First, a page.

Salt ions effect on PNIPAm property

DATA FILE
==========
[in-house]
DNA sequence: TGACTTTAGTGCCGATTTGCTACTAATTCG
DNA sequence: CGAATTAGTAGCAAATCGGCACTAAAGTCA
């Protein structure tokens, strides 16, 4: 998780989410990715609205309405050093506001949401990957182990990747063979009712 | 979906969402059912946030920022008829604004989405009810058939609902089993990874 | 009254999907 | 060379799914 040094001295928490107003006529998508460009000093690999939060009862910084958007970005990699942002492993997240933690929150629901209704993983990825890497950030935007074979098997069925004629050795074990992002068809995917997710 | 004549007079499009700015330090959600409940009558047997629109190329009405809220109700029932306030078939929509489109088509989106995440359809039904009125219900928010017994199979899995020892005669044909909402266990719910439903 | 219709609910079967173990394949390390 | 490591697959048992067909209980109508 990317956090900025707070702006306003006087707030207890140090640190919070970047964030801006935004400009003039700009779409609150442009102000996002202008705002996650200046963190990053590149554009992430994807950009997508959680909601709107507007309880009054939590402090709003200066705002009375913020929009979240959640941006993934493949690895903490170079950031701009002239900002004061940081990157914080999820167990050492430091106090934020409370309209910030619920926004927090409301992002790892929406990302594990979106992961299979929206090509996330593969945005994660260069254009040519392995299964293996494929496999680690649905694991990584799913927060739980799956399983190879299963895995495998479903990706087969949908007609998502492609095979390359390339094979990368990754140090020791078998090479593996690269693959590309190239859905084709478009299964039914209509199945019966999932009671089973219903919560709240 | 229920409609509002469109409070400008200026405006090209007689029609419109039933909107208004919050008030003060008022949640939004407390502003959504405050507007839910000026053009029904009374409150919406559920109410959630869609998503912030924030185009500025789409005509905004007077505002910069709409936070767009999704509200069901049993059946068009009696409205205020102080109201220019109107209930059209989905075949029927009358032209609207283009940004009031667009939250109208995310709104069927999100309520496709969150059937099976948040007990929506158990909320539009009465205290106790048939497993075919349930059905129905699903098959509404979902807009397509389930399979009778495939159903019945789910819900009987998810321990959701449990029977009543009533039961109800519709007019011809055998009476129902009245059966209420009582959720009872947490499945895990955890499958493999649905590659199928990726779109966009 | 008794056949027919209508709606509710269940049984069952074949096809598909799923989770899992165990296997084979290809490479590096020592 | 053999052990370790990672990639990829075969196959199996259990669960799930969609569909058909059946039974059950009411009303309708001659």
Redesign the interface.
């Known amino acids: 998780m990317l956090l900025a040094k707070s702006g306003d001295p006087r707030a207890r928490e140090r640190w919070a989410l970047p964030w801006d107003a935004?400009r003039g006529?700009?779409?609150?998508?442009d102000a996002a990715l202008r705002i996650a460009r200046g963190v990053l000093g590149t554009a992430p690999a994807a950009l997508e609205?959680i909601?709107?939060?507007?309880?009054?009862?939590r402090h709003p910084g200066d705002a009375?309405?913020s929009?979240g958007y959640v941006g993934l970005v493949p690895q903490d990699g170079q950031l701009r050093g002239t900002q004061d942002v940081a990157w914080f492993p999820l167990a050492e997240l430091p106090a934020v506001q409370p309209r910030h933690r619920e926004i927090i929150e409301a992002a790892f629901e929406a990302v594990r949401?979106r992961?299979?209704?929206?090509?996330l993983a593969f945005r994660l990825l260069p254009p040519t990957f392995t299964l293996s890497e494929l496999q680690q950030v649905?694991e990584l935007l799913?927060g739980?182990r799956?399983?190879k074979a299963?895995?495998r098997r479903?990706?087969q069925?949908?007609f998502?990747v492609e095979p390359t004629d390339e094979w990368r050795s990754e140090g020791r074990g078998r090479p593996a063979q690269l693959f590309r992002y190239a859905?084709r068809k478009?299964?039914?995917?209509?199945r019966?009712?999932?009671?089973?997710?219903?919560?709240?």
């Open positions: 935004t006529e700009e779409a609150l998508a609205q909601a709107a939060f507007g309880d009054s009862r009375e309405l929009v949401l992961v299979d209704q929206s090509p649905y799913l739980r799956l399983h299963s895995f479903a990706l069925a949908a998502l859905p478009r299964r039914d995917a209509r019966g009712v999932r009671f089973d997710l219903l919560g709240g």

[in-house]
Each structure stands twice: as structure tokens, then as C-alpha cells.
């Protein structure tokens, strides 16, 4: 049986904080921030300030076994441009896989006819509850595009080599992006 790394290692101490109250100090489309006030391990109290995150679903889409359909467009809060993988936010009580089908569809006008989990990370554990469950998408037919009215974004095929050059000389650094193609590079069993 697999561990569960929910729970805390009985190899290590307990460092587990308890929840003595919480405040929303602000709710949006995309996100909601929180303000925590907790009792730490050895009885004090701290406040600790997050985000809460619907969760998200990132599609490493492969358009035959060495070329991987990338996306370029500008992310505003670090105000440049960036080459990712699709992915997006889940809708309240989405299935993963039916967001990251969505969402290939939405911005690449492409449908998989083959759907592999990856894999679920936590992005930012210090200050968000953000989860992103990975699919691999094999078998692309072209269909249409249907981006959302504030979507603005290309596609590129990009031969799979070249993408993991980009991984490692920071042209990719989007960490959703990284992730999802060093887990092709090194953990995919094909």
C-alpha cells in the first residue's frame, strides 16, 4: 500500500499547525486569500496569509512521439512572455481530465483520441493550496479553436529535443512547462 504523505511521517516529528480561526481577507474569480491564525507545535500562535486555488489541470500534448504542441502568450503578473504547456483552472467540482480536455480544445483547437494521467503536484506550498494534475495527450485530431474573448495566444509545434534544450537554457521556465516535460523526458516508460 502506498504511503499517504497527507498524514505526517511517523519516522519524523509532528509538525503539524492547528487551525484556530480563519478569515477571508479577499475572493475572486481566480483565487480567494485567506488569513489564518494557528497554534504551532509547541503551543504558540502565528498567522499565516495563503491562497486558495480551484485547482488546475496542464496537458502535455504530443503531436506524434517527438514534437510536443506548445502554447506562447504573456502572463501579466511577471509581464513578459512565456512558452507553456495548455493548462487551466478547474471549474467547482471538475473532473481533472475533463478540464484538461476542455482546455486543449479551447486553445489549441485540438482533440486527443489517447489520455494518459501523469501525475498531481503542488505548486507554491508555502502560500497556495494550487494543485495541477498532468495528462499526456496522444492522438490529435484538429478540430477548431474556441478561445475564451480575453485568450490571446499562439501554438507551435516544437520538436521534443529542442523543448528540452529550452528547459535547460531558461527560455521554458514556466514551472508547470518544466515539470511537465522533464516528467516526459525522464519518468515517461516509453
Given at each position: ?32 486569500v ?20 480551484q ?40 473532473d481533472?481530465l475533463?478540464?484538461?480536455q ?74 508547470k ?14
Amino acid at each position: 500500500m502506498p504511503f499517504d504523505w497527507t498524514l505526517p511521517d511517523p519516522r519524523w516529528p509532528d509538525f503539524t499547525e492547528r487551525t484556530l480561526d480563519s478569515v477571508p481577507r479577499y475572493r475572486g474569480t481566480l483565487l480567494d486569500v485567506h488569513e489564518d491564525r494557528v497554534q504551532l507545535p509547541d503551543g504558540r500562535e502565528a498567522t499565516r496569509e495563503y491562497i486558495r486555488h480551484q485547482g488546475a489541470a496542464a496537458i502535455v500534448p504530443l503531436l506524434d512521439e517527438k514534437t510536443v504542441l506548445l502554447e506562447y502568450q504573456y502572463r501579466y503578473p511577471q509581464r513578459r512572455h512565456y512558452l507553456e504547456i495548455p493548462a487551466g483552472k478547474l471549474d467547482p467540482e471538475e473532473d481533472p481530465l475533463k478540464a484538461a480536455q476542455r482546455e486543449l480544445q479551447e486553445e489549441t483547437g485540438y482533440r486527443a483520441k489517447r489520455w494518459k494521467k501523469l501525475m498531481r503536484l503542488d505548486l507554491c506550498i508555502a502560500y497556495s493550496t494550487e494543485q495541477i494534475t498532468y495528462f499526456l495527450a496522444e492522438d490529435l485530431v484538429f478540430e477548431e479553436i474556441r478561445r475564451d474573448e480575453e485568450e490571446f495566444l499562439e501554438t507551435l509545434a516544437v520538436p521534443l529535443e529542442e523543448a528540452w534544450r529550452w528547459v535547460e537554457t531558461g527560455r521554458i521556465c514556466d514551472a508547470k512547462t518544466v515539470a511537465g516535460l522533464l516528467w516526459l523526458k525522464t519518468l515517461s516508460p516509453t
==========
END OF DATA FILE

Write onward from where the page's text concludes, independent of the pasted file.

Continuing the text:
In order to investigate this possible interaction between salt and PNIPAm, we first evaluated the conformational change of PNIPAm by measuring solution transmittance using UV-vis spectroscopy at different NaNO3 concentrations (0–60 mM) when 23% of volume fraction of co-nonsolvent (VFC) was added into the PNIPAm water solutions (Fig. 2a, b). The LCST of PNIPAm decreased when salt concentration increased from 0 mM to 15 mM. However, when more NaNO3 was added into the system, the LCST slightly rose back. The rise will be explained later. Another interesting observation was that the specific ion interaction with PNIPAm at 23% of VFC showcases a hydrophobic change beyond LCST. This means that even at low temperature, PNIPAm was slightly hydrophobic as seen from the decrease of transmittance in Fig. 2a. The percentage of transmittance at a lower temperature (T < LCST) was dependent on salt concentration, the higher the salt concentration, the lower the transmittance is. This indicates that the salt-induced conformational change in PNIPAm is different from that caused by an organic solvent. This has been studied in Previous reseach27,47,48, the LCST of PNIPAm can be decreased by co-nonsolvency phenomenon, therefore with the change of solvent ratio, LCST changes. Simply put, the phase behaviour of PNIPAm in the water-rich and the alcohol-rich regime is different. Adding solvent to water decreases the enthalpy of the bulk water due to the kosmotropic effect. In this experiment, the effect suppresses the hydrophobic hydration between water and hydrophobic units of the PNIPAm while adding water to alcohol decreases the solubility of PNIPAm in the solvent mixture49. On the other hand, as a weak chaotrope, NaNO3 can have a salt-in effect on PNIPAm as studied previously50, meaning that they could stabilize PNIPAm by binding directly to the polyamide in a salt concentration-dependent manner. Since the organic solvent is also involved in our study, PNIPAm is dispersed in the quaternary PNIPAM/water/solvent/salt system. In this system, both solvents and salt are agents that effectively affect the PNIPAm, assist each other to increase the surface tension of the cavity surrounding the backbone and the isopropyl side chains50,51,52, so that the LCST slightly decreased as showing in Fig. 2a. When the salt concentration is higher than 30 mM, the ions that break the hydrophobic hydration (water structure around hydrophobic molecules) become saturated, and extra ions may compete to bind on the side-chain amide moieties, leading to a salt-in effect33,50,53, which increases LCST (Fig. 2a). On the other hand, the cancellation of LCST may be due to the formation of a poor solvent system, where hydrophobic hydration is destroyed, resulting in partially hydrophobic PNIPAm.Amide dehydration could be uncoupled from the rest of the phase transition, resulting in the formation of partially collapsed structures that scatter light even at very low temperature50. In addition, when different amounts of solvent were added to the PNIPAm with 60 mM of NaNO3, the partially hydrophobic phenomenon changed accordingly. The lowest transmittance appeared when 23% of solvents were added to the system, and more solvent did not result in lower transmittance (Fig. 2b), indicating that the hydrophobic hydration in this system is solvent ratio dependent.